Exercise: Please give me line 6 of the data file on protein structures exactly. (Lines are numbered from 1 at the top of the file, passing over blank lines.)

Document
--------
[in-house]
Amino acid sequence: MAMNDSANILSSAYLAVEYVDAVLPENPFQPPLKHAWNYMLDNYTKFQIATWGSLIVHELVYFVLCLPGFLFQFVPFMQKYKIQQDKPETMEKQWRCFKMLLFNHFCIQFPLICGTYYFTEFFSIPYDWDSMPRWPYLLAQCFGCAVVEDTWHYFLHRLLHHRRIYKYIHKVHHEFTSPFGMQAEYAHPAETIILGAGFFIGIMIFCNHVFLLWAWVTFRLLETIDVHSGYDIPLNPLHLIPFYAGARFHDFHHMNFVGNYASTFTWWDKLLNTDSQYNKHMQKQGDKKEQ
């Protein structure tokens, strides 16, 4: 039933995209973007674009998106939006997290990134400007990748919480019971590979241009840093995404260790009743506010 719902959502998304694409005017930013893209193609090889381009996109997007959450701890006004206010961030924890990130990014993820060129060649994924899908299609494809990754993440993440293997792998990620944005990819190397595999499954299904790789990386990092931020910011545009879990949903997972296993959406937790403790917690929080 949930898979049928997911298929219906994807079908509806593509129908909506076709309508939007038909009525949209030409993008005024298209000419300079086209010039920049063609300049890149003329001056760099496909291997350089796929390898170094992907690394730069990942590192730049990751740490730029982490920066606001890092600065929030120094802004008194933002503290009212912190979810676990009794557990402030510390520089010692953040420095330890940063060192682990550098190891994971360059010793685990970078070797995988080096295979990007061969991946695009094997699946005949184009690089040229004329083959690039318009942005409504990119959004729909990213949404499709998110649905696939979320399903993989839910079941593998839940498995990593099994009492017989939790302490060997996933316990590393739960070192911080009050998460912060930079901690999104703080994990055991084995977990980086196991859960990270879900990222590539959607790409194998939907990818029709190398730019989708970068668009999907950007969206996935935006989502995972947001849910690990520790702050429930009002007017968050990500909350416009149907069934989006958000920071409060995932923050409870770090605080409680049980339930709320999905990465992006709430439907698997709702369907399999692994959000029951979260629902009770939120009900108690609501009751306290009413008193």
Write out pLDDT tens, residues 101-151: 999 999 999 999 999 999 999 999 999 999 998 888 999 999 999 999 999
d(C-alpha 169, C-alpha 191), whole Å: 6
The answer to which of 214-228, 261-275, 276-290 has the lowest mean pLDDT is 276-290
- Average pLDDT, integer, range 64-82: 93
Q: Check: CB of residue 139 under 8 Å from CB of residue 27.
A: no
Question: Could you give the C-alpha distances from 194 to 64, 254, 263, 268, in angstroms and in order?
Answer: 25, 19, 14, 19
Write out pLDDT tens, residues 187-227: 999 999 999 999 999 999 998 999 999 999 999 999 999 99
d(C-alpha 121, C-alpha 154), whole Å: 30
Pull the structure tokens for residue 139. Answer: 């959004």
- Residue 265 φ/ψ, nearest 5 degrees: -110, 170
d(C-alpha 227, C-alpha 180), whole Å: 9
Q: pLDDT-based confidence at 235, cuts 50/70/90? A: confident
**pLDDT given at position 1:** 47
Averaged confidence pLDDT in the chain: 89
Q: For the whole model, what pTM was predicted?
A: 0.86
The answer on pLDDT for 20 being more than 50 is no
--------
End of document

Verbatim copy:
The answer to which of 214-228, 261-275, 276-290 has the lowest mean pLDDT is 276-290